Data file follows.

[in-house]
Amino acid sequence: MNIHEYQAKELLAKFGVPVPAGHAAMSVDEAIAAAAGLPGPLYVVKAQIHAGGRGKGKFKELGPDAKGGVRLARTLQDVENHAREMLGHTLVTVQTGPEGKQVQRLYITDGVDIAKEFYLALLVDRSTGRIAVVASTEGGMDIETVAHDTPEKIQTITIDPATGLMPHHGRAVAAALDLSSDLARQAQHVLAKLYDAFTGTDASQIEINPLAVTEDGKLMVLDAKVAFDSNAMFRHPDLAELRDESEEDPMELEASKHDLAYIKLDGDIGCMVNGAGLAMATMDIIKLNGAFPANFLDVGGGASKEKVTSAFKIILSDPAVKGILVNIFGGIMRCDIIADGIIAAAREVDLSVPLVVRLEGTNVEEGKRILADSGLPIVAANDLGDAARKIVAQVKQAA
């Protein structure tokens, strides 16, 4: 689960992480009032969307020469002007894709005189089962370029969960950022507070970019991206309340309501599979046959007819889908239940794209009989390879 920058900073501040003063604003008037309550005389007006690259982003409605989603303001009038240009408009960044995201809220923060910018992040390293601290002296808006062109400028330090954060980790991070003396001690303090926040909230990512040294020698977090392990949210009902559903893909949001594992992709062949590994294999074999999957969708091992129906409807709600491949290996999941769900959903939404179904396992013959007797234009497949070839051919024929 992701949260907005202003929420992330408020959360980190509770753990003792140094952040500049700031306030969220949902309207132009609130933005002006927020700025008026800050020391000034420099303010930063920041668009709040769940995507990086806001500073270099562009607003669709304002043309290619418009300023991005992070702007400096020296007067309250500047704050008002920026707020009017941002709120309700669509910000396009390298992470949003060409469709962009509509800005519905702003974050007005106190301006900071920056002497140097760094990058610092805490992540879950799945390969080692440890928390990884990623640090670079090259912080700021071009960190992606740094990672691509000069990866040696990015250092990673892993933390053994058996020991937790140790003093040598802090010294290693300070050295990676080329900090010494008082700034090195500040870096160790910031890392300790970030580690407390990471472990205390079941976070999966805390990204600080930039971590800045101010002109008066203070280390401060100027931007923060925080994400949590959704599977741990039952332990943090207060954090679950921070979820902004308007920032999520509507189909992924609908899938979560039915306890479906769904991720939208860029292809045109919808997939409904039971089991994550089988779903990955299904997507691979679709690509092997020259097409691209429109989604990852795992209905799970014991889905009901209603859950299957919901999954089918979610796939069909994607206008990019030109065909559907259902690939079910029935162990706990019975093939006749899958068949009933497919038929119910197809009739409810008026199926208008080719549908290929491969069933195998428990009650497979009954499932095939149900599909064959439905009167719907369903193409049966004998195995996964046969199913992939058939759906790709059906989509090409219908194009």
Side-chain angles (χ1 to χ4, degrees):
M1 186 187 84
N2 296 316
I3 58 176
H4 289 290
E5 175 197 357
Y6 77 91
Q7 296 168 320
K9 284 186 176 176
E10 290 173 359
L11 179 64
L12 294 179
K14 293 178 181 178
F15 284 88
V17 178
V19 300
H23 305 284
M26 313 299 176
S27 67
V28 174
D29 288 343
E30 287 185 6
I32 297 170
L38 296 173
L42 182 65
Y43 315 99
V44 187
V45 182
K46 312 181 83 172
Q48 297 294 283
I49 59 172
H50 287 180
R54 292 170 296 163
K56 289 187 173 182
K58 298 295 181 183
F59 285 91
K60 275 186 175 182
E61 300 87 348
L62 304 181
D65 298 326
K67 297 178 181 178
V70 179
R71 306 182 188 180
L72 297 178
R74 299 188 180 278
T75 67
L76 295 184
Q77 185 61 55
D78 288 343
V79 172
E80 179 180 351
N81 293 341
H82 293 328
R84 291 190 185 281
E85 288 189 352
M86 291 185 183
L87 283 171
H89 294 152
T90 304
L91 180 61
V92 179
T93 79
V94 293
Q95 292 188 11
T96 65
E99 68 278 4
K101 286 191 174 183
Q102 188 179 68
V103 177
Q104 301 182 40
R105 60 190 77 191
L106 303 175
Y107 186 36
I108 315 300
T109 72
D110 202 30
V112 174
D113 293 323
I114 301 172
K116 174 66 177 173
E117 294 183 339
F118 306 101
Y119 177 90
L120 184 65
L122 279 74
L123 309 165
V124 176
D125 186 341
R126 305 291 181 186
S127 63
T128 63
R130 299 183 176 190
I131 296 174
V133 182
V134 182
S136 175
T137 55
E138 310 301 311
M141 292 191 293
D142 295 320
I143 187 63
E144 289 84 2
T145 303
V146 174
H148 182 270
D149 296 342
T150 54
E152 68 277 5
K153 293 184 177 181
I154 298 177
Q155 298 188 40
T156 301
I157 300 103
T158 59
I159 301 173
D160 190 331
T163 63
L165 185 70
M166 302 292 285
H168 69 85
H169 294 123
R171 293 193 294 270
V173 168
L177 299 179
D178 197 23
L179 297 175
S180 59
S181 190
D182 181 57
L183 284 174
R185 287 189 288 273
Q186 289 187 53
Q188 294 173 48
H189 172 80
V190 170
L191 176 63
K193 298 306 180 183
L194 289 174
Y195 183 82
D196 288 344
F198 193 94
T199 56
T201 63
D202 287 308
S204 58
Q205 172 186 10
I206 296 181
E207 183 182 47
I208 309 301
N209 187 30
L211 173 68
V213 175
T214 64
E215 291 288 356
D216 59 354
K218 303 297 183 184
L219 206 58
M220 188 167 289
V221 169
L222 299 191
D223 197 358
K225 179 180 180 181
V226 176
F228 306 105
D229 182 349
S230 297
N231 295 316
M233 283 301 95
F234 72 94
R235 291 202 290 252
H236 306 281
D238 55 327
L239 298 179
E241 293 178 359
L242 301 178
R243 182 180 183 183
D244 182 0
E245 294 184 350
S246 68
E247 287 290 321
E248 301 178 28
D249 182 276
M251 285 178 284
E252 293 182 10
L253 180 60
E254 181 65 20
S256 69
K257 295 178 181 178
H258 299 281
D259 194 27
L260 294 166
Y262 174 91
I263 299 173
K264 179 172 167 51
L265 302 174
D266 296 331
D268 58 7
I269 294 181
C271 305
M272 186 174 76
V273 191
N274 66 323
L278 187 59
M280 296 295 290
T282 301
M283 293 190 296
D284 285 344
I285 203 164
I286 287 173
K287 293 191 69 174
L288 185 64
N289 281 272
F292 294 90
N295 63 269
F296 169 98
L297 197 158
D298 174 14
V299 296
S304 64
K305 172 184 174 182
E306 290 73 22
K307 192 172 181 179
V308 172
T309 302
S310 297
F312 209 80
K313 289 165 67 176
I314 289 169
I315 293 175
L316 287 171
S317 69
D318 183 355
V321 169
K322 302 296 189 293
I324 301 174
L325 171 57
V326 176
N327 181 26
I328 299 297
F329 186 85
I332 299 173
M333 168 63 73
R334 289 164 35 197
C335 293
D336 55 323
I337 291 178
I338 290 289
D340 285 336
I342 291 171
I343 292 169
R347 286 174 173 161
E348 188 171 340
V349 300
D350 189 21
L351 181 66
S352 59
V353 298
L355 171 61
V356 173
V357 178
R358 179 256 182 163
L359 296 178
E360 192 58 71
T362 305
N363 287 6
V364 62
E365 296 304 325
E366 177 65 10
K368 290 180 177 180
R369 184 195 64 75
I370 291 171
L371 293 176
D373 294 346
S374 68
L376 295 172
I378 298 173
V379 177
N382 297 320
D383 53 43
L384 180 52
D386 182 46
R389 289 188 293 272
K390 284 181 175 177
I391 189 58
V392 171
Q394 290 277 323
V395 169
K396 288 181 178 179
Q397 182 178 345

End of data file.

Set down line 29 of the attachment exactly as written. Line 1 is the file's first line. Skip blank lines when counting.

Y43 315 99